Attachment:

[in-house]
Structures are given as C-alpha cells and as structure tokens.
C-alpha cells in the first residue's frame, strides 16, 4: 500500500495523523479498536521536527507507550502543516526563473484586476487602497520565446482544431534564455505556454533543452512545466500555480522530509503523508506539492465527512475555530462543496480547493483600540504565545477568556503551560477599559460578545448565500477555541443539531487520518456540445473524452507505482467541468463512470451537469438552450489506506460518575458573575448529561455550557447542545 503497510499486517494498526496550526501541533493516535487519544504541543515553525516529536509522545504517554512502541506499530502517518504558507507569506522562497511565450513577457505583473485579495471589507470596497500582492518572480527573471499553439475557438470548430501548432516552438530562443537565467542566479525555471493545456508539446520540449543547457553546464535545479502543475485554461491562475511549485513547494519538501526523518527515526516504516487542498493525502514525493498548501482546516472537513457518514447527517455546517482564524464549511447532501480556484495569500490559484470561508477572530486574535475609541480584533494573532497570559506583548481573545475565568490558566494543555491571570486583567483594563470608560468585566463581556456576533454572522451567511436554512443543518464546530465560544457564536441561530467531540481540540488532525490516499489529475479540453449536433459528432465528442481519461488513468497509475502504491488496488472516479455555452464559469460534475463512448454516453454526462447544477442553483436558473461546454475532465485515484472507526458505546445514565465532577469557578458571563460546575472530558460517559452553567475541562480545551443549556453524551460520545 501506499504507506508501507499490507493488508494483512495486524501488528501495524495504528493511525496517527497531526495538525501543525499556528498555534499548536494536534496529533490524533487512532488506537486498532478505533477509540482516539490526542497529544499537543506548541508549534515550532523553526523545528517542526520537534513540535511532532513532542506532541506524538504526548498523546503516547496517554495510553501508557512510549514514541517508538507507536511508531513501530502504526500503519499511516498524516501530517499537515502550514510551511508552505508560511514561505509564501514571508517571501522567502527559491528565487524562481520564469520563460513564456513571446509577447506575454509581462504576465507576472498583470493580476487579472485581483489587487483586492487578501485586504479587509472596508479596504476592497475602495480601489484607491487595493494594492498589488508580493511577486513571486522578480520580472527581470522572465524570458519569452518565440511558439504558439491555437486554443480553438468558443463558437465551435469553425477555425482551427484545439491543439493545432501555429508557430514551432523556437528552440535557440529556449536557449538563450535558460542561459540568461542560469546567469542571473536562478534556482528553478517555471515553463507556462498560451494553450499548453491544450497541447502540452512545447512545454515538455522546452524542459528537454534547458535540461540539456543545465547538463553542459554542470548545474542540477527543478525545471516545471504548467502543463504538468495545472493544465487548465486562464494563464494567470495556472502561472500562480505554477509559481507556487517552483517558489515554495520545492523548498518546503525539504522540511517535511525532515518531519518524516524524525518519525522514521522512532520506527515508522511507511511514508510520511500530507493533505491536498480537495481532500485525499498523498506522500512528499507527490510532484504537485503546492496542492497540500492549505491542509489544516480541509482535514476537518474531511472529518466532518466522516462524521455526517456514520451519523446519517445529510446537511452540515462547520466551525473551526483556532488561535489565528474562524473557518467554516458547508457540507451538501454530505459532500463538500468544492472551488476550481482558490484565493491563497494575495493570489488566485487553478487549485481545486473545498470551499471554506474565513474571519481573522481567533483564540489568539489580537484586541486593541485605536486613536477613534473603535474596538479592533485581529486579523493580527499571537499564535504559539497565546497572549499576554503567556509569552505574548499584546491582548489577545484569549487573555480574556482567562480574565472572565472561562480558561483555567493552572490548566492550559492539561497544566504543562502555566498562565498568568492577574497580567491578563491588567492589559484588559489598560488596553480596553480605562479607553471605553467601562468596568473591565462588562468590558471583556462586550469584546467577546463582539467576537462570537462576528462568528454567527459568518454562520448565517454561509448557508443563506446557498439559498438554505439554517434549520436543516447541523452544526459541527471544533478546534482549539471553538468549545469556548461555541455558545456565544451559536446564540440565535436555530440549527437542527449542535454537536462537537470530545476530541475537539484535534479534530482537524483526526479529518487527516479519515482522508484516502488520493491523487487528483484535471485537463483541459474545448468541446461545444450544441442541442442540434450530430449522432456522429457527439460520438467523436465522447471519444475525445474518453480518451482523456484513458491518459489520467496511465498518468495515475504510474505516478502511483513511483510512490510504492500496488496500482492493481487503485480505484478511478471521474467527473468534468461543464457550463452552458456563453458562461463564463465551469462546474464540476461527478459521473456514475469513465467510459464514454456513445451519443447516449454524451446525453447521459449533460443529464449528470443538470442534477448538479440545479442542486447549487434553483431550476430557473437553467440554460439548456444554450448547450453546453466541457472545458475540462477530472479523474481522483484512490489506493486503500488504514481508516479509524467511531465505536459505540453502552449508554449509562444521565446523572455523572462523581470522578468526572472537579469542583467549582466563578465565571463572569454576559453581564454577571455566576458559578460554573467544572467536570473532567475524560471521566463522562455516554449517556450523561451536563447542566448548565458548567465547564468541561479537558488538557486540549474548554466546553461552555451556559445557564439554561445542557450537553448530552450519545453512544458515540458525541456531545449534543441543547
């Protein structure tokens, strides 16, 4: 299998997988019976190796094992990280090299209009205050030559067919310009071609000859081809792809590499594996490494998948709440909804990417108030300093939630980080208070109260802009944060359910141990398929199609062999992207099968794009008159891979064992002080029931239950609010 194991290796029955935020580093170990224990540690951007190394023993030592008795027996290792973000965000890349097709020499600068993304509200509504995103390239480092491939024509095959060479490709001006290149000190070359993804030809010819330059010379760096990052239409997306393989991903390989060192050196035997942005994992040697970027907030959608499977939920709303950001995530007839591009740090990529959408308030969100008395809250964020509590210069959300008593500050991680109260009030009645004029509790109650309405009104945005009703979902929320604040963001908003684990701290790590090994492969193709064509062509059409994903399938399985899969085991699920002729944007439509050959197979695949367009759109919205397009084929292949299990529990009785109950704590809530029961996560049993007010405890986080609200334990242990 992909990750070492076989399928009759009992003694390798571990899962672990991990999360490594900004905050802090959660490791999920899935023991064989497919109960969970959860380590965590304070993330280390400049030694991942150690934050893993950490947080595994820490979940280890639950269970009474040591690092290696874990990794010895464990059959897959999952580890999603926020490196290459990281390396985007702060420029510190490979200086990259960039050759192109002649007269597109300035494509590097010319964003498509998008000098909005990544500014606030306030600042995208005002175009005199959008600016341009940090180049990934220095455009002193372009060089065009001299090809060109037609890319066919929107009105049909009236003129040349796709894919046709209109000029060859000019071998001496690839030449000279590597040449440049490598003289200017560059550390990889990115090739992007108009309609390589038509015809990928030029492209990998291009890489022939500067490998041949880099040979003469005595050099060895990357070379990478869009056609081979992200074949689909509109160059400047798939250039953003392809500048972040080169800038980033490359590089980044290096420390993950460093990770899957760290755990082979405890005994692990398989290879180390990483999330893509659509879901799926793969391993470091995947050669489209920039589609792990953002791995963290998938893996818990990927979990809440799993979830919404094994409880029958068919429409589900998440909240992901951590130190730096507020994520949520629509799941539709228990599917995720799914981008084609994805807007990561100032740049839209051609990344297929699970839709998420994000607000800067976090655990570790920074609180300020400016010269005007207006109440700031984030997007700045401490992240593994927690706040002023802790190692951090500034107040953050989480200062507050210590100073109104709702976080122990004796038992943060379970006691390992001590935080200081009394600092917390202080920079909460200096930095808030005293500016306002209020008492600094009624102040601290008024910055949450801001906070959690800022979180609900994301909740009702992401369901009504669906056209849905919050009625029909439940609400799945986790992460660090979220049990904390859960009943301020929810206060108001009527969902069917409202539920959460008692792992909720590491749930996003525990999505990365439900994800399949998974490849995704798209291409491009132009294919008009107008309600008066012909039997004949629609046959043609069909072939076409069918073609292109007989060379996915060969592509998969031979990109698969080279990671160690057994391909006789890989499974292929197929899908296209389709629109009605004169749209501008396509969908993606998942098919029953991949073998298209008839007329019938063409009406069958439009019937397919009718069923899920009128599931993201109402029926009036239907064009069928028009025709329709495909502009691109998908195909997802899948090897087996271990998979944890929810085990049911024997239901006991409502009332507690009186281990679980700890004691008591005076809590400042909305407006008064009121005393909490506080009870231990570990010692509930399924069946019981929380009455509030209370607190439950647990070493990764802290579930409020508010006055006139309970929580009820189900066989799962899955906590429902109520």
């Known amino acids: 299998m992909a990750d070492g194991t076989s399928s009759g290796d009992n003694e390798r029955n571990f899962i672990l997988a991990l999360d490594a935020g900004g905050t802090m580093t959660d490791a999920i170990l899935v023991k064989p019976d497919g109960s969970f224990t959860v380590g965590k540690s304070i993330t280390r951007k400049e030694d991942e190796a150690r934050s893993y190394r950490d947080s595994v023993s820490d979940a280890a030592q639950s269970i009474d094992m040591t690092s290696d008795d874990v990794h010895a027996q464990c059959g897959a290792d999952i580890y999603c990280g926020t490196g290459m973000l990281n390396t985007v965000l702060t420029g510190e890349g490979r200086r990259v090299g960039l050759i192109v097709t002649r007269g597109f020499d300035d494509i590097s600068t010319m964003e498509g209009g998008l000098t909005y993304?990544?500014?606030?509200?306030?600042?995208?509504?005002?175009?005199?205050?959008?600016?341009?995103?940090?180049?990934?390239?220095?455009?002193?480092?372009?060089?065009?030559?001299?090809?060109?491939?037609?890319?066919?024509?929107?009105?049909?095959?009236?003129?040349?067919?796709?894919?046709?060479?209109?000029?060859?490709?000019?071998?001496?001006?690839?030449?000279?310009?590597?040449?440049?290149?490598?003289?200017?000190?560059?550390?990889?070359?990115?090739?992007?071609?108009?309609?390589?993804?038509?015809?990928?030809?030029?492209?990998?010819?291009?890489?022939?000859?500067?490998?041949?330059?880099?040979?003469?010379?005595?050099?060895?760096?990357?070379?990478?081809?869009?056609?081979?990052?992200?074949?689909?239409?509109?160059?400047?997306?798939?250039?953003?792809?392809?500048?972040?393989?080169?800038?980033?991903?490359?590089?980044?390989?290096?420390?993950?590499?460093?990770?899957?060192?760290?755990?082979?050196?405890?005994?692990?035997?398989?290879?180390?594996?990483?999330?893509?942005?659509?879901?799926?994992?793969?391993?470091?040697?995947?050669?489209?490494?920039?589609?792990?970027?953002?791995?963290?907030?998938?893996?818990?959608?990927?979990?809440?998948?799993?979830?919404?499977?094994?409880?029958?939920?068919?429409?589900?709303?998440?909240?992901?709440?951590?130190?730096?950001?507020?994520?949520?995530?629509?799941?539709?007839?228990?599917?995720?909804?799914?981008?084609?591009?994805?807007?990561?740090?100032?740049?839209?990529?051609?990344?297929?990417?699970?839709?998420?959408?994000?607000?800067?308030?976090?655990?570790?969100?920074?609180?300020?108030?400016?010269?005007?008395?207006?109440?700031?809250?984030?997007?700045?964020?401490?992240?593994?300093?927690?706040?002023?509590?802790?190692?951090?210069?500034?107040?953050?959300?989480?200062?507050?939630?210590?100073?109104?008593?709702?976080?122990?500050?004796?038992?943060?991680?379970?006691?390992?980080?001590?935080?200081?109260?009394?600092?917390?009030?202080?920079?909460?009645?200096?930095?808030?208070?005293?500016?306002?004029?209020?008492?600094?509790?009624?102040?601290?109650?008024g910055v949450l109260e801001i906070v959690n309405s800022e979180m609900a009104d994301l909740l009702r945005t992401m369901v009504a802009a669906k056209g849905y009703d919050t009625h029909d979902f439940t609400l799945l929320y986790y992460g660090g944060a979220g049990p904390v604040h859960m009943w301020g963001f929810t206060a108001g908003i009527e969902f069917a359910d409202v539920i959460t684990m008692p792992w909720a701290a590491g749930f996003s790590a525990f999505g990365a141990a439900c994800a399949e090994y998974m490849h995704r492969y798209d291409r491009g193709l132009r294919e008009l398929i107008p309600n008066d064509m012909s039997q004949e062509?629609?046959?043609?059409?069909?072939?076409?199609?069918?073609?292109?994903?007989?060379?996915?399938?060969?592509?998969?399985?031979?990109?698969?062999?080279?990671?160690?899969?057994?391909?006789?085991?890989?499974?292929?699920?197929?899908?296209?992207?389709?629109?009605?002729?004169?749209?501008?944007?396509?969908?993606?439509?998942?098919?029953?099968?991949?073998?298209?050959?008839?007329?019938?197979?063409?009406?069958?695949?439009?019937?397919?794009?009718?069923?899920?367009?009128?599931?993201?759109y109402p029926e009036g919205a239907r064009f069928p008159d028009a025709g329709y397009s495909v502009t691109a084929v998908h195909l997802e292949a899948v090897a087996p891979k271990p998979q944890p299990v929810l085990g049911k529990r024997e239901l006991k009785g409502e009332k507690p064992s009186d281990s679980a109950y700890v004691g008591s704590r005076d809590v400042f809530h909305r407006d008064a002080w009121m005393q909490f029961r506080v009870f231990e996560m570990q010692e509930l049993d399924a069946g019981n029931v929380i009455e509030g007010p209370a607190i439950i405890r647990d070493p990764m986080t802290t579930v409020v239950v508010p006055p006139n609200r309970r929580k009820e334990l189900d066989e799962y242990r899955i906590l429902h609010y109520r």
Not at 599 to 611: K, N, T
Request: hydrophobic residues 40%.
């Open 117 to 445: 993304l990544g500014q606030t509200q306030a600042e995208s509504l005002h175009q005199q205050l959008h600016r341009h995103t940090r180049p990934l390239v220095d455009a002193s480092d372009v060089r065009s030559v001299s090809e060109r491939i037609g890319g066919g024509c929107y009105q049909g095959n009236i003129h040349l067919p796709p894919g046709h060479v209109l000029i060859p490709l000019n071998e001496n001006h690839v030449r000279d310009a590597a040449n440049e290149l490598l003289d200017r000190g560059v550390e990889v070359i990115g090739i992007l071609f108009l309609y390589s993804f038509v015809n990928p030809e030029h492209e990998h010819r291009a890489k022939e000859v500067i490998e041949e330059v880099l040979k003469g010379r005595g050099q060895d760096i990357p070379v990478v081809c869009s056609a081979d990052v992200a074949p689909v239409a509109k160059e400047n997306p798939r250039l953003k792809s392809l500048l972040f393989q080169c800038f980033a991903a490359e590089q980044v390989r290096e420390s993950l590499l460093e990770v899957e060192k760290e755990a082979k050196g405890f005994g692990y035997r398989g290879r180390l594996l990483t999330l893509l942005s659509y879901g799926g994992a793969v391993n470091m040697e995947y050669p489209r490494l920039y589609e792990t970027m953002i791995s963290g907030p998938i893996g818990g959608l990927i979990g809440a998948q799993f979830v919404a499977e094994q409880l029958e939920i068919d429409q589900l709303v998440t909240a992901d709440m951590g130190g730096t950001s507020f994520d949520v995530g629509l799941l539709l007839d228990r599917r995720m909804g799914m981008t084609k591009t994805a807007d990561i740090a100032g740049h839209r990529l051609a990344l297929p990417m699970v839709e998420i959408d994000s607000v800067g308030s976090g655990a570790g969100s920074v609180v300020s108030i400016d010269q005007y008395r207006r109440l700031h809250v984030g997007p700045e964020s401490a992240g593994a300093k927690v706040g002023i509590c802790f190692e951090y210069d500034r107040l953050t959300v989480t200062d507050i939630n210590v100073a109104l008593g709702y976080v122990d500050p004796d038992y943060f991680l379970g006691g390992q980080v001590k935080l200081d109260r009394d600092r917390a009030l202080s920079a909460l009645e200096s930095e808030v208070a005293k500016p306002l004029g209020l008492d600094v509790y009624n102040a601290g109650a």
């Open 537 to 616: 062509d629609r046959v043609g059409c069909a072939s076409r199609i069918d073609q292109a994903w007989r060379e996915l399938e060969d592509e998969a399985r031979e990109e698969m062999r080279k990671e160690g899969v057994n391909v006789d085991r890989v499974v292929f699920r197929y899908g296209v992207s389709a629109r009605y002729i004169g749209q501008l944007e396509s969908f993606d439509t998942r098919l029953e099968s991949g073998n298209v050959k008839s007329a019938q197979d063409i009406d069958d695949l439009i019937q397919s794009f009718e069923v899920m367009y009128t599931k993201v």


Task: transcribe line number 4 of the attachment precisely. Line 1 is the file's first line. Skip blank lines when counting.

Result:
């Protein structure tokens, strides 16, 4: 299998997988019976190796094992990280090299209009205050030559067919310009071609000859081809792809590499594996490494998948709440909804990417108030300093939630980080208070109260802009944060359910141990398929199609062999992207099968794009008159891979064992002080029931239950609010 194991290796029955935020580093170990224990540690951007190394023993030592008795027996290792973000965000890349097709020499600068993304509200509504995103390239480092491939024509095959060479490709001006290149000190070359993804030809010819330059010379760096990052239409997306393989991903390989060192050196035997942005994992040697970027907030959608499977939920709303950001995530007839591009740090990529959408308030969100008395809250964020509590210069959300008593500050991680109260009030009645004029509790109650309405009104945005009703979902929320604040963001908003684990701290790590090994492969193709064509062509059409994903399938399985899969085991699920002729944007439509050959197979695949367009759109919205397009084929292949299990529990009785109950704590809530029961996560049993007010405890986080609200334990242990 992909990750070492076989399928009759009992003694390798571990899962672990991990999360490594900004905050802090959660490791999920899935023991064989497919109960969970959860380590965590304070993330280390400049030694991942150690934050893993950490947080595994820490979940280890639950269970009474040591690092290696874990990794010895464990059959897959999952580890999603926020490196290459990281390396985007702060420029510190490979200086990259960039050759192109002649007269597109300035494509590097010319964003498509998008000098909005990544500014606030306030600042995208005002175009005199959008600016341009940090180049990934220095455009002193372009060089065009001299090809060109037609890319066919929107009105049909009236003129040349796709894919046709209109000029060859000019071998001496690839030449000279590597040449440049490598003289200017560059550390990889990115090739992007108009309609390589038509015809990928030029492209990998291009890489022939500067490998041949880099040979003469005595050099060895990357070379990478869009056609081979992200074949689909509109160059400047798939250039953003392809500048972040080169800038980033490359590089980044290096420390993950460093990770899957760290755990082979405890005994692990398989290879180390990483999330893509659509879901799926793969391993470091995947050669489209920039589609792990953002791995963290998938893996818990990927979990809440799993979830919404094994409880029958068919429409589900998440909240992901951590130190730096507020994520949520629509799941539709228990599917995720799914981008084609994805807007990561100032740049839209051609990344297929699970839709998420994000607000800067976090655990570790920074609180300020400016010269005007207006109440700031984030997007700045401490992240593994927690706040002023802790190692951090500034107040953050989480200062507050210590100073109104709702976080122990004796038992943060379970006691390992001590935080200081009394600092917390202080920079909460200096930095808030005293500016306002209020008492600094009624102040601290008024910055949450801001906070959690800022979180609900994301909740009702992401369901009504669906056209849905919050009625029909439940609400799945986790992460660090979220049990904390859960009943301020929810206060108001009527969902069917409202539920959460008692792992909720590491749930996003525990999505990365439900994800399949998974490849995704798209291409491009132009294919008009107008309600008066012909039997004949629609046959043609069909072939076409069918073609292109007989060379996915060969592509998969031979990109698969080279990671160690057994391909006789890989499974292929197929899908296209389709629109009605004169749209501008396509969908993606998942098919029953991949073998298209008839007329019938063409009406069958439009019937397919009718069923899920009128599931993201109402029926009036239907064009069928028009025709329709495909502009691109998908195909997802899948090897087996271990998979944890929810085990049911024997239901006991409502009332507690009186281990679980700890004691008591005076809590400042909305407006008064009121005393909490506080009870231990570990010692509930399924069946019981929380009455509030209370607190439950647990070493990764802290579930409020508010006055006139309970929580009820189900066989799962899955906590429902109520």